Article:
Change is hard because people overestimate the value of what they have – and underestimate the value of what they may gain by giving that up
— James Belasco & Ralph Stayer

Change is never easy, but it is inevitable. Be it in your personal or your work life, embarking on a journey of change can be an arduous process. Whether you’re changing processes, structure, or even seating arrangements, you often come up against the same issue. Resistance! Whether you are the CEO leading change through your managers, or a team leader trying to lead your team through a new concept, the process of getting everyone on board is a challenging one. Many workplace arguments spring from the process of change, and being equipped to navigate the stormy seas of upsetting “the way it’s always been done” is essential for any type of leader. Often, the resistance you experience can seem illogical, unreasonable, or even completely irrational, but believe me, whether they realise it or not, your team may have a genuine reason for not embracing the change you are trying to implement. Though this usually doesn’t mean the change need not happen, but you simply need to ensure you take the appropriate steps to ensure that your team is comfortable with the change. That’s the reason for this blog, to give you an insider's view of the 4 key reasons that people so often resist change, enabling you to be prepared for the next change you need to communicate with your team!

So, without further ado, here is an insight into the 4 key reasons your team may be resisting change.

1. They don’t perceive benefit

Simply put, if you fail to communicate the benefits of the change you are pursuing, you will quickly attract resistance, and to be fair, why wouldn’t you?! If the change you are embarking on fails to resonate with the rest of your team, take a second and evaluate whether you have really communicated the value that this change will bring for them. The best way to tackle this issue is to be prepared. Take time before announcing any change and evaluate it. How does this benefit your team? How should you communicate it? What questions will they have? Doing this before jumping into the deep end, unprepared, will allow you to have a clearer mind, and better communicate the advantages and reasons for the change. Not to mention that in scrutinising the concept, you will unearth an understanding of the downsides as well!

2. They don’t see the value

The benefit is one thing, but what about the value? Is the benefit truly valuable to the team or individual you are working with? The way value will be summed up in any individual’s mind is this: Benefit – Sacrifice=Value. Meaning, that if the perceived benefit is not worth the sacrifice, why bother embarking on change at all. It’s an ROI mentality, and we all have it! Your job, is to ensure that the sacrifice is far outweighed by the benefit. Taking you back to step one, a way around this is ensuring that the benefit of the change is accurately communicated, and that any concern around the impact is clarified at this point. There is nearly always sacrifice with change, to some, what you see as a simple sacrifice could be monumental. Again, prepare for this issue before announcing the change to your team. Try to put yourself in their shoes, and understand the threats and sacrifices they will see or must make. Change is about taking people on a journey, don’t count on everyone jumping aboard from the outset, take time to nurture your teams understanding around the change, the benefit, and the sacrifice. People like to feel like they are in control. Which leads nicely to point 3…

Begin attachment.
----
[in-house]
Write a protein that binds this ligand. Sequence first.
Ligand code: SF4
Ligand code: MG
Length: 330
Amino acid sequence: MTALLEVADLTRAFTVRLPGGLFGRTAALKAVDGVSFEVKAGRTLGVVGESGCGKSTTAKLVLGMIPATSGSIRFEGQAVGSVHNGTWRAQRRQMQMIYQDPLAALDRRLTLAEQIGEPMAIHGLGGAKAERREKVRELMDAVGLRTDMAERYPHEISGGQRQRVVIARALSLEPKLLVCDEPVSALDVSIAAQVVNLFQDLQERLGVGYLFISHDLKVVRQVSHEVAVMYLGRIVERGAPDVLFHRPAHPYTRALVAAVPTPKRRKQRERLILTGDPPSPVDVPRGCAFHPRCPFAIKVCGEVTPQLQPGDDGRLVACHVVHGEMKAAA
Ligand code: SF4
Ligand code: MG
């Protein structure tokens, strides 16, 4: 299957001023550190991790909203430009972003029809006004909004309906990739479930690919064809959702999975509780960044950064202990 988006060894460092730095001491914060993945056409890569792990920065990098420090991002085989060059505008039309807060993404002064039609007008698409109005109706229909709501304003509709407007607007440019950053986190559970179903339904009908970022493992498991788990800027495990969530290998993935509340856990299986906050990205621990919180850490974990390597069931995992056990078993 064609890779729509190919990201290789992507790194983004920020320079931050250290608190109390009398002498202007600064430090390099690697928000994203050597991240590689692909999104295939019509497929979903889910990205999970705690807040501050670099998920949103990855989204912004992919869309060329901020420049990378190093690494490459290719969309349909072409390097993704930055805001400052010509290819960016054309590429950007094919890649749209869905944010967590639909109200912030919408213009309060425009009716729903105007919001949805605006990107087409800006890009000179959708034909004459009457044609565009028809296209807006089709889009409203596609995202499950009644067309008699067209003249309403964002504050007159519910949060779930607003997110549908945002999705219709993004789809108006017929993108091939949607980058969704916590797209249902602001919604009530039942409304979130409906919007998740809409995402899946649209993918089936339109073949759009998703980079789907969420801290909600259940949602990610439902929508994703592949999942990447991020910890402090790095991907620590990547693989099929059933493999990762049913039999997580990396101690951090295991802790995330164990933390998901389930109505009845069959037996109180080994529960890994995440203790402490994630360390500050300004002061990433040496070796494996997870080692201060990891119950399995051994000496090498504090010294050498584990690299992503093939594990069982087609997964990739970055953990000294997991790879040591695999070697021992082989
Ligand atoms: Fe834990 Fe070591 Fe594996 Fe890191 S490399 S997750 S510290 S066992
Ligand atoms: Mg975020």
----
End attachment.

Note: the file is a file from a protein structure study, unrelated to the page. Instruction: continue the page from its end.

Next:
3. They don’t feel included

No matter how beneficial or sacrificial a change may seem, one thing is for sure, people like to be involved. People like to feel like they have been part of the change, and as much as this point isn’t always possible, to the best of your ability, take people with you on this journey. Including people in decisions, in direction and in certain aspects of any change, instils a sense of ownership, a sense of control, and a new perspective from which to understand the change. No matter how large or small, ensure that your team feel involved in the change.

4. They don’t trust the Architect

Exactly as it says on the tin. If there is a lack of trust in the architect of the change, you are going to have a tough time getting people to believe in it! Often, people have a reason to not trust, whether this reason is valid or not is a separate issue, so take time to understand your team members, and their individual concerns around their lack of trust. Sometimes, it can be an easier fix than you think, and taking the time to understand their lack of trust, is the easiest way to get around it! Though you can come up against some serious trust issues when it comes to change, your commitment to understanding that lack of trust, and addressing any possible issues, can be the perfect resolution.

Summary...

None of these issues can be overcome in a day, so don’t expect your team to always be enthusiastic about any new initiative from day one (unless the benefit is huge, and sacrifice nil). Never push change too quickly, be prepared to give yourself and your team enough time to understand and adjust to the idea before pushing ahead. If it ever becomes necessary to change rapidly, do so with these points in mind, and prepare a brief that can cover each of these main concerns. Offer your team time to ask questions and voice their concerns, the very fact that you have taken the time to understand their point of view can be enough to win their hearts to support you!

So, with all this in mind, what have you found to be the biggest challenge for your organisation when it comes to implementing change? Is it something completely different all together? We would love to hear from you, so write your thoughts in the comments section below!!

 
 

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